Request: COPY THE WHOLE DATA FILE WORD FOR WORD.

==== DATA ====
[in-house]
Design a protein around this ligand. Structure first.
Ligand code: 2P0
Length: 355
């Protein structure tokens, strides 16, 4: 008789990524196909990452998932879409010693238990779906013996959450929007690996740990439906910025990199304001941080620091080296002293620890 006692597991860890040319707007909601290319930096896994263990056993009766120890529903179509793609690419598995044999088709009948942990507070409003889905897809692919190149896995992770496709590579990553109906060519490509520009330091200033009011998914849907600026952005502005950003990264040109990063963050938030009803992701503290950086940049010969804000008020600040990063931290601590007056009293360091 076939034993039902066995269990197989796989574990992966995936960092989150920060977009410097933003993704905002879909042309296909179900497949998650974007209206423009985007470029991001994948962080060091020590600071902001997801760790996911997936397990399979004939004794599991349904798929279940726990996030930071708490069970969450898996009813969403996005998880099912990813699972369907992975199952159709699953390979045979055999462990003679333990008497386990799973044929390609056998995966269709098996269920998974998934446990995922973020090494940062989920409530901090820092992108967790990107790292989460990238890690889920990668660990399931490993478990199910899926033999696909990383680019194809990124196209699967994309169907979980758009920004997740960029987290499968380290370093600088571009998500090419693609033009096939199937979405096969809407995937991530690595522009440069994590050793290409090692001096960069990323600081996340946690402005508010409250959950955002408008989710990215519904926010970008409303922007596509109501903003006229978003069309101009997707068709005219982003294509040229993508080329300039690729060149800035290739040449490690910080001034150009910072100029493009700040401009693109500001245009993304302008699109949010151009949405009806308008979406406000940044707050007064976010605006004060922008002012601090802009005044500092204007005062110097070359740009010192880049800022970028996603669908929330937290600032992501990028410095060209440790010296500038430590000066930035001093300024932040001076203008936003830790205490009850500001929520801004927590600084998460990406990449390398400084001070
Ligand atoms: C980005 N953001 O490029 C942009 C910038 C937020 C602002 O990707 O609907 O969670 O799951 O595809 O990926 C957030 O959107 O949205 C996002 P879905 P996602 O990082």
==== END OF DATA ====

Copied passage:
[in-house]
Design a protein around this ligand. Structure first.
Ligand code: 2P0
Length: 355
């Protein structure tokens, strides 16, 4: 008789990524196909990452998932879409010693238990779906013996959450929007690996740990439906910025990199304001941080620091080296002293620890 006692597991860890040319707007909601290319930096896994263990056993009766120890529903179509793609690419598995044999088709009948942990507070409003889905897809692919190149896995992770496709590579990553109906060519490509520009330091200033009011998914849907600026952005502005950003990264040109990063963050938030009803992701503290950086940049010969804000008020600040990063931290601590007056009293360091 076939034993039902066995269990197989796989574990992966995936960092989150920060977009410097933003993704905002879909042309296909179900497949998650974007209206423009985007470029991001994948962080060091020590600071902001997801760790996911997936397990399979004939004794599991349904798929279940726990996030930071708490069970969450898996009813969403996005998880099912990813699972369907992975199952159709699953390979045979055999462990003679333990008497386990799973044929390609056998995966269709098996269920998974998934446990995922973020090494940062989920409530901090820092992108967790990107790292989460990238890690889920990668660990399931490993478990199910899926033999696909990383680019194809990124196209699967994309169907979980758009920004997740960029987290499968380290370093600088571009998500090419693609033009096939199937979405096969809407995937991530690595522009440069994590050793290409090692001096960069990323600081996340946690402005508010409250959950955002408008989710990215519904926010970008409303922007596509109501903003006229978003069309101009997707068709005219982003294509040229993508080329300039690729060149800035290739040449490690910080001034150009910072100029493009700040401009693109500001245009993304302008699109949010151009949405009806308008979406406000940044707050007064976010605006004060922008002012601090802009005044500092204007005062110097070359740009010192880049800022970028996603669908929330937290600032992501990028410095060209440790010296500038430590000066930035001093300024932040001076203008936003830790205490009850500001929520801004927590600084998460990406990449390398400084001070
Ligand atoms: C980005 N953001 O490029 C942009 C910038 C937020 C602002 O990707 O609907 O969670 O799951 O595809 O990926 C957030 O959107 O949205 C996002 P879905 P996602 O990082």